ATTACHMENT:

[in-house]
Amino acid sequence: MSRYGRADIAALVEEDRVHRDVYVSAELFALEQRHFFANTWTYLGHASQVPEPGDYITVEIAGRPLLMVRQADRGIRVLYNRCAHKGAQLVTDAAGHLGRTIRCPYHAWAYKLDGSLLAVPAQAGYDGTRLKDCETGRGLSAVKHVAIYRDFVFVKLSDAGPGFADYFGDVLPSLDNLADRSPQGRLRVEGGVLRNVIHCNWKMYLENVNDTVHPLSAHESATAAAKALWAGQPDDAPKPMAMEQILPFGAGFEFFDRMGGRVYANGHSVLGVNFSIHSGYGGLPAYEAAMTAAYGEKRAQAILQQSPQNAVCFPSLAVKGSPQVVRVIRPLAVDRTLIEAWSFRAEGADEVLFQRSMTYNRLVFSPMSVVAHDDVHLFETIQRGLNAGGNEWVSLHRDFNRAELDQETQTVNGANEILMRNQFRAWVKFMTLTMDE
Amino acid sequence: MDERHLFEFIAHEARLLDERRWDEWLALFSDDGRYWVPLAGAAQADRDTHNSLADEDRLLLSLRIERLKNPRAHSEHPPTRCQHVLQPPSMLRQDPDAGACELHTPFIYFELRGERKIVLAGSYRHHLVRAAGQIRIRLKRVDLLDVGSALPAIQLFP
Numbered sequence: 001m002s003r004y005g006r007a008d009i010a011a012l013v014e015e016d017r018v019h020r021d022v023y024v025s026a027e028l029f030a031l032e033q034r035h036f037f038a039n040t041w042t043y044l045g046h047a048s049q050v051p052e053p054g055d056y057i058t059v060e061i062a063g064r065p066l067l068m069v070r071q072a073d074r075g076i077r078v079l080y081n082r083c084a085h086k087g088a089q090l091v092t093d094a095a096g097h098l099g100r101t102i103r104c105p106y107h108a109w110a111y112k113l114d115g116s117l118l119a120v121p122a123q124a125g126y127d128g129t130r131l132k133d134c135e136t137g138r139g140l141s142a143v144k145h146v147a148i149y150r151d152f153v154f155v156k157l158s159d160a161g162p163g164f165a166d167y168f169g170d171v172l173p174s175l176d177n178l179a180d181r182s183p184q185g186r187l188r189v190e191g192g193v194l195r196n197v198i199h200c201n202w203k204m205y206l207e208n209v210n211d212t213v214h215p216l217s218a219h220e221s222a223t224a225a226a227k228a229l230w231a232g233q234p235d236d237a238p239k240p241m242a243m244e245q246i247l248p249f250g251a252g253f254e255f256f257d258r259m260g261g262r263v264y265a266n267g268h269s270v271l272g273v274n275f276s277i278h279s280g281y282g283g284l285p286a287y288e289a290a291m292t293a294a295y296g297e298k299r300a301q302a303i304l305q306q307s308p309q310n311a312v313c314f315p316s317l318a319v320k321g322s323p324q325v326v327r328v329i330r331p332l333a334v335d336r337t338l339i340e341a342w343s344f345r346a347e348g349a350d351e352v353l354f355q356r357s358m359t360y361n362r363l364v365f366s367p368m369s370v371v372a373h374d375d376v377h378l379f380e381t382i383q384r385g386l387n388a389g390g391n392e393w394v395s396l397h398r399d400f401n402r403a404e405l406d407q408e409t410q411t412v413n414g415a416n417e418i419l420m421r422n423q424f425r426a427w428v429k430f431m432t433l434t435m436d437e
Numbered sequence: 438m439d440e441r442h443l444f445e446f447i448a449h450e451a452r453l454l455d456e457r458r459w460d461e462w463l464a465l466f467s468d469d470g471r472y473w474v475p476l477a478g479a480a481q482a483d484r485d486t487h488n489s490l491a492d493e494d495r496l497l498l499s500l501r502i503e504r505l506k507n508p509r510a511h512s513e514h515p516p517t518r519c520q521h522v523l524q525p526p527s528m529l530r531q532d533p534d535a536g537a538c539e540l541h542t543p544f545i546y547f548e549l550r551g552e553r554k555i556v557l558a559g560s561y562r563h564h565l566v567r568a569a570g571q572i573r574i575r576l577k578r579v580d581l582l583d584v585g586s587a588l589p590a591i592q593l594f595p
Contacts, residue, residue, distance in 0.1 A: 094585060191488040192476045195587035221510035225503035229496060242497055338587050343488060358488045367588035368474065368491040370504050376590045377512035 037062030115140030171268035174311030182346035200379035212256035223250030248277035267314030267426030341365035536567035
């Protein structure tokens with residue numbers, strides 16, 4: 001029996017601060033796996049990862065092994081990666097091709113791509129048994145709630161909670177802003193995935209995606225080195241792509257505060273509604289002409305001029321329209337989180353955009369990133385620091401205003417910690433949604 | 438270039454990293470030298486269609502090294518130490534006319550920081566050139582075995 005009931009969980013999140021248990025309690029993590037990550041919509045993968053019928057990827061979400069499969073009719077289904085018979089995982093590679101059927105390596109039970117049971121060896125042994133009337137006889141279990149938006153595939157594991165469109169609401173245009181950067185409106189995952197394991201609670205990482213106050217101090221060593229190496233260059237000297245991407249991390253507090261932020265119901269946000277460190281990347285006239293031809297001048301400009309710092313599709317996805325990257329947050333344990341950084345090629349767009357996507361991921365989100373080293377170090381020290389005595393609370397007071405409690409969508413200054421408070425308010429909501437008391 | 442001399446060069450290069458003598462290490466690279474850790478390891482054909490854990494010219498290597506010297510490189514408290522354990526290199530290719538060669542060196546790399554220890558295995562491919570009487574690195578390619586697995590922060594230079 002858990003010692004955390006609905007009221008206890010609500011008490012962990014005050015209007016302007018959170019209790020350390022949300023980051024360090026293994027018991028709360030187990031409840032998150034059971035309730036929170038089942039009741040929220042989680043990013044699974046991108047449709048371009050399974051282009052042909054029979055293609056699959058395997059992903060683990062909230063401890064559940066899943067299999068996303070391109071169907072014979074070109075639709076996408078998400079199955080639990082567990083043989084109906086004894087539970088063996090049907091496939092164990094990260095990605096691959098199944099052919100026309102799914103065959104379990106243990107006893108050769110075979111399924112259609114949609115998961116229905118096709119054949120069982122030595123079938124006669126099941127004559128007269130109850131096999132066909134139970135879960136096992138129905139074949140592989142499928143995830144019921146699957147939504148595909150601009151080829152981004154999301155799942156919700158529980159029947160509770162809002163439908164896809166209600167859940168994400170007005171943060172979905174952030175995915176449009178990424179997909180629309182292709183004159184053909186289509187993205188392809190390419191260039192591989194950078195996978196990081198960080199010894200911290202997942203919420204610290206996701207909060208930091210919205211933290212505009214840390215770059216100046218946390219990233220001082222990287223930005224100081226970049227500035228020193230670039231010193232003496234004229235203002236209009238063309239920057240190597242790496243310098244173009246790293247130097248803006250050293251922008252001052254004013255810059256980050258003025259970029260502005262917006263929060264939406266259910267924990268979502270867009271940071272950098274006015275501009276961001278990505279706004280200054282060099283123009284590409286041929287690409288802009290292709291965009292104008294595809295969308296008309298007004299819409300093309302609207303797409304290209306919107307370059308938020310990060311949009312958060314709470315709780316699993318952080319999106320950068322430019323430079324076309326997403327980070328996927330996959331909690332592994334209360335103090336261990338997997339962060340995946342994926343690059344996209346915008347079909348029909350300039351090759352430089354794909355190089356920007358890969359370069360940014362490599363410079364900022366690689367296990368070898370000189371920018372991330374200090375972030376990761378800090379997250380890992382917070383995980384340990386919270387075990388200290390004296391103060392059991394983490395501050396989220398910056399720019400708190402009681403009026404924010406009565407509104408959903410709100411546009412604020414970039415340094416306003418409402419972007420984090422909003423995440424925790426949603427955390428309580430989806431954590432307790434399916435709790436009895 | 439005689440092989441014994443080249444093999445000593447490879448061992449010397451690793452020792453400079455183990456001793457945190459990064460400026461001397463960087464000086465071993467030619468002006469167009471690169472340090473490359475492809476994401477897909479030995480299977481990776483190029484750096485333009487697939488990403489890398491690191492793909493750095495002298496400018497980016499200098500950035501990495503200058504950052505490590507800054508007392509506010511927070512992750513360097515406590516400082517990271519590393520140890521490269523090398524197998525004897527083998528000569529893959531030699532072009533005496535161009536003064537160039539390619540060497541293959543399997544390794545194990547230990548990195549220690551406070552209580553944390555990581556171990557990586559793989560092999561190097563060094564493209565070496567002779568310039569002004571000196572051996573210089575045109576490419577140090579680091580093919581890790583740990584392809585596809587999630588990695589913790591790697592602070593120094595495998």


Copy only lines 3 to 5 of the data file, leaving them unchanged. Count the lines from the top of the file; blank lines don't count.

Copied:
Amino acid sequence: MDERHLFEFIAHEARLLDERRWDEWLALFSDDGRYWVPLAGAAQADRDTHNSLADEDRLLLSLRIERLKNPRAHSEHPPTRCQHVLQPPSMLRQDPDAGACELHTPFIYFELRGERKIVLAGSYRHHLVRAAGQIRIRLKRVDLLDVGSALPAIQLFP
Numbered sequence: 001m002s003r004y005g006r007a008d009i010a011a012l013v014e015e016d017r018v019h020r021d022v023y024v025s026a027e028l029f030a031l032e033q034r035h036f037f038a039n040t041w042t043y044l045g046h047a048s049q050v051p052e053p054g055d056y057i058t059v060e061i062a063g064r065p066l067l068m069v070r071q072a073d074r075g076i077r078v079l080y081n082r083c084a085h086k087g088a089q090l091v092t093d094a095a096g097h098l099g100r101t102i103r104c105p106y107h108a109w110a111y112k113l114d115g116s117l118l119a120v121p122a123q124a125g126y127d128g129t130r131l132k133d134c135e136t137g138r139g140l141s142a143v144k145h146v147a148i149y150r151d152f153v154f155v156k157l158s159d160a161g162p163g164f165a166d167y168f169g170d171v172l173p174s175l176d177n178l179a180d181r182s183p184q185g186r187l188r189v190e191g192g193v194l195r196n197v198i199h200c201n202w203k204m205y206l207e208n209v210n211d212t213v214h215p216l217s218a219h220e221s222a223t224a225a226a227k228a229l230w231a232g233q234p235d236d237a238p239k240p241m242a243m244e245q246i247l248p249f250g251a252g253f254e255f256f257d258r259m260g261g262r263v264y265a266n267g268h269s270v271l272g273v274n275f276s277i278h279s280g281y282g283g284l285p286a287y288e289a290a291m292t293a294a295y296g297e298k299r300a301q302a303i304l305q306q307s308p309q310n311a312v313c314f315p316s317l318a319v320k321g322s323p324q325v326v327r328v329i330r331p332l333a334v335d336r337t338l339i340e341a342w343s344f345r346a347e348g349a350d351e352v353l354f355q356r357s358m359t360y361n362r363l364v365f366s367p368m369s370v371v372a373h374d375d376v377h378l379f380e381t382i383q384r385g386l387n388a389g390g391n392e393w394v395s396l397h398r399d400f401n402r403a404e405l406d407q408e409t410q411t412v413n414g415a416n417e418i419l420m421r422n423q424f425r426a427w428v429k430f431m432t433l434t435m436d437e
Numbered sequence: 438m439d440e441r442h443l444f445e446f447i448a449h450e451a452r453l454l455d456e457r458r459w460d461e462w463l464a465l466f467s468d469d470g471r472y473w474v475p476l477a478g479a480a481q482a483d484r485d486t487h488n489s490l491a492d493e494d495r496l497l498l499s500l501r502i503e504r505l506k507n508p509r510a511h512s513e514h515p516p517t518r519c520q521h522v523l524q525p526p527s528m529l530r531q532d533p534d535a536g537a538c539e540l541h542t543p544f545i546y547f548e549l550r551g552e553r554k555i556v557l558a559g560s561y562r563h564h565l566v567r568a569a570g571q572i573r574i575r576l577k578r579v580d581l582l583d584v585g586s587a588l589p590a591i592q593l594f595p